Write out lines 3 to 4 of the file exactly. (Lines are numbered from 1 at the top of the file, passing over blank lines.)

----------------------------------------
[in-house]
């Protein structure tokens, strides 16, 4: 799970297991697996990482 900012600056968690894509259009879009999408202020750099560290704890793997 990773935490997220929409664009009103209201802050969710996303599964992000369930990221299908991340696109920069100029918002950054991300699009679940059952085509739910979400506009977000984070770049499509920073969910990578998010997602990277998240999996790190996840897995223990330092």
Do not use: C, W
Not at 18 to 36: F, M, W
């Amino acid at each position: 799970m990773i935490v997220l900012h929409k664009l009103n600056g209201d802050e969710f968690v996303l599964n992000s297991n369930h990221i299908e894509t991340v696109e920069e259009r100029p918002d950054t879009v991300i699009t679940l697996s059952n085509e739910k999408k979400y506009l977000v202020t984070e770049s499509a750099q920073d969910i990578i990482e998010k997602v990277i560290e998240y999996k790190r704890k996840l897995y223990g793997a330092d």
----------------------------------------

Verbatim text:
Do not use: C, W
Not at 18 to 36: F, M, W